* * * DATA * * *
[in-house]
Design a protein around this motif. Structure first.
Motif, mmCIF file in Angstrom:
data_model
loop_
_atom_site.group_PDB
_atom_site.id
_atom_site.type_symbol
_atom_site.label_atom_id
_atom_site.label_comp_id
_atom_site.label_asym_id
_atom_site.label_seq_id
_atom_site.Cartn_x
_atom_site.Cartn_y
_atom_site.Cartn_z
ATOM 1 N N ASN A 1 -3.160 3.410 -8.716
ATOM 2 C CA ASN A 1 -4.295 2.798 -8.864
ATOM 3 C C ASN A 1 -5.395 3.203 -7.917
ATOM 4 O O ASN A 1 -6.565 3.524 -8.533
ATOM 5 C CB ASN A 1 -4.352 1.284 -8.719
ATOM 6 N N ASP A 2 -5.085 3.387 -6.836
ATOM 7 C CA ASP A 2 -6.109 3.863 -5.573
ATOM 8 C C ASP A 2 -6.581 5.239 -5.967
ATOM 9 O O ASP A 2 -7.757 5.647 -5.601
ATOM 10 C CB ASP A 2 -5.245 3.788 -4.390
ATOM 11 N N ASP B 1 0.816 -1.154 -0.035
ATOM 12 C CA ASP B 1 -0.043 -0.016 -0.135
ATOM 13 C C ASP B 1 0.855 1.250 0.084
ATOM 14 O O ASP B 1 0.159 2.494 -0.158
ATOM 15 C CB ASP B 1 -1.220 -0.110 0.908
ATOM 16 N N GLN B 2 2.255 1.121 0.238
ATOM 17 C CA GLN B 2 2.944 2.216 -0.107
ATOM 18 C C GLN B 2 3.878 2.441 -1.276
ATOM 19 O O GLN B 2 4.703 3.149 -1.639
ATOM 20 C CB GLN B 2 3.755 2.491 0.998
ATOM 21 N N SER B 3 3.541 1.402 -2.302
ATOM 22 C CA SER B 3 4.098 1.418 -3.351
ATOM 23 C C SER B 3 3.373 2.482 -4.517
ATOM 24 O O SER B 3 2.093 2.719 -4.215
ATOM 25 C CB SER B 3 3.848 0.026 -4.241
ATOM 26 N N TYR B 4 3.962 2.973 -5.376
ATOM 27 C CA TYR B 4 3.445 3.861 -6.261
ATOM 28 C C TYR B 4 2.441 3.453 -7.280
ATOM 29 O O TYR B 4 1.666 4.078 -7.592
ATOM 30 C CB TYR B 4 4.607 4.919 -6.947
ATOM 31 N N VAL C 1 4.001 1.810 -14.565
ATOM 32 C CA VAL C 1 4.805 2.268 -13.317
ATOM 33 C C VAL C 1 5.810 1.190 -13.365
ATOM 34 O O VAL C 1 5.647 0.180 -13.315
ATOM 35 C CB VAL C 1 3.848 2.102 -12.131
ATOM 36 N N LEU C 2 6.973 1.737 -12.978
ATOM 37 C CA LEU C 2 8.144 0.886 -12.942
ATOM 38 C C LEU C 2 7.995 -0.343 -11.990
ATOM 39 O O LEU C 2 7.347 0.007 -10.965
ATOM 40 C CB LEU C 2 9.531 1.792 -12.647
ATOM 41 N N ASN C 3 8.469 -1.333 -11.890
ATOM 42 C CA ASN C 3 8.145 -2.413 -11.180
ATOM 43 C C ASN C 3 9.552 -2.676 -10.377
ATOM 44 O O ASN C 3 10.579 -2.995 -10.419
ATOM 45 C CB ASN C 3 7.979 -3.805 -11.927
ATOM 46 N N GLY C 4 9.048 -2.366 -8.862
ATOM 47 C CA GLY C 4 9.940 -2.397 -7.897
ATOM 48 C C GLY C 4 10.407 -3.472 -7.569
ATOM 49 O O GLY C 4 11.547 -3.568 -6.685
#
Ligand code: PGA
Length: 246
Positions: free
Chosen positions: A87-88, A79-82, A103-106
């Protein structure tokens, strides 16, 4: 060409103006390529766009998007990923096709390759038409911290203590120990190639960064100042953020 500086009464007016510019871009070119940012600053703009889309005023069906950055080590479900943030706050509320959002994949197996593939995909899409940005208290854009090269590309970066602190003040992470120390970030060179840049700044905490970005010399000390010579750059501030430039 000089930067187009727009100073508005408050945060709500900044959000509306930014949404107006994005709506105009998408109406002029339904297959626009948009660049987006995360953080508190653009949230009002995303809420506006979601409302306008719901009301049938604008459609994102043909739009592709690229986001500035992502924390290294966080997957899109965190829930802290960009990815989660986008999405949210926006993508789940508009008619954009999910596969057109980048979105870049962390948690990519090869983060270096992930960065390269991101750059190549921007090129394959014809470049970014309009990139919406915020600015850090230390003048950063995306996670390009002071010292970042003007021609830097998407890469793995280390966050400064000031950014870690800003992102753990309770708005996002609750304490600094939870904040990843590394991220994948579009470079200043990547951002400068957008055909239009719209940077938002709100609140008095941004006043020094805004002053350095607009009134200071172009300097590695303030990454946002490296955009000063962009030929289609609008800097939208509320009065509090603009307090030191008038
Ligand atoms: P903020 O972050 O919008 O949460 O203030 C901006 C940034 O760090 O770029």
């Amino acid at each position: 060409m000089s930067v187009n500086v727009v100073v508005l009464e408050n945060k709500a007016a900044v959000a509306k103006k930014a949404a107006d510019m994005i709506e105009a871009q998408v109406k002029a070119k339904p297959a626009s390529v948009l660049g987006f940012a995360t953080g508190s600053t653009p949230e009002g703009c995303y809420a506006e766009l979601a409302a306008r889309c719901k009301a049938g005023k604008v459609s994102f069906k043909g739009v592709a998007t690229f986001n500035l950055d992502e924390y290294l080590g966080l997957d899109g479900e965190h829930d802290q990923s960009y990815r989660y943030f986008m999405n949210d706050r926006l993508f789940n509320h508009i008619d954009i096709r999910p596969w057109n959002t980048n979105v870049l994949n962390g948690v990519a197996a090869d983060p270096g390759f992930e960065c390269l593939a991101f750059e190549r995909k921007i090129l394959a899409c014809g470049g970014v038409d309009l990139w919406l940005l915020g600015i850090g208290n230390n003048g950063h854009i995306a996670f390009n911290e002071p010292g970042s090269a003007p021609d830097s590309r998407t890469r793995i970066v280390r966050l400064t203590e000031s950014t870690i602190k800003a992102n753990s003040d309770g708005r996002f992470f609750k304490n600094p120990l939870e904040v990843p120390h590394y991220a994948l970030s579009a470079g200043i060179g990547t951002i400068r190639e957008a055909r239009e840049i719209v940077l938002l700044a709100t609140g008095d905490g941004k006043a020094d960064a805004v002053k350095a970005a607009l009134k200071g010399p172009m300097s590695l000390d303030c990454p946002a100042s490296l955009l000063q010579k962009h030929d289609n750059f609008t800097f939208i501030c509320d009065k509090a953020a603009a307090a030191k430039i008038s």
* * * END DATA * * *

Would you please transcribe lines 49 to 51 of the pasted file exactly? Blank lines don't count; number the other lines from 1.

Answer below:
ATOM 34 O O VAL C 1 5.647 0.180 -13.315
ATOM 35 C CB VAL C 1 3.848 2.102 -12.131
ATOM 36 N N LEU C 2 6.973 1.737 -12.978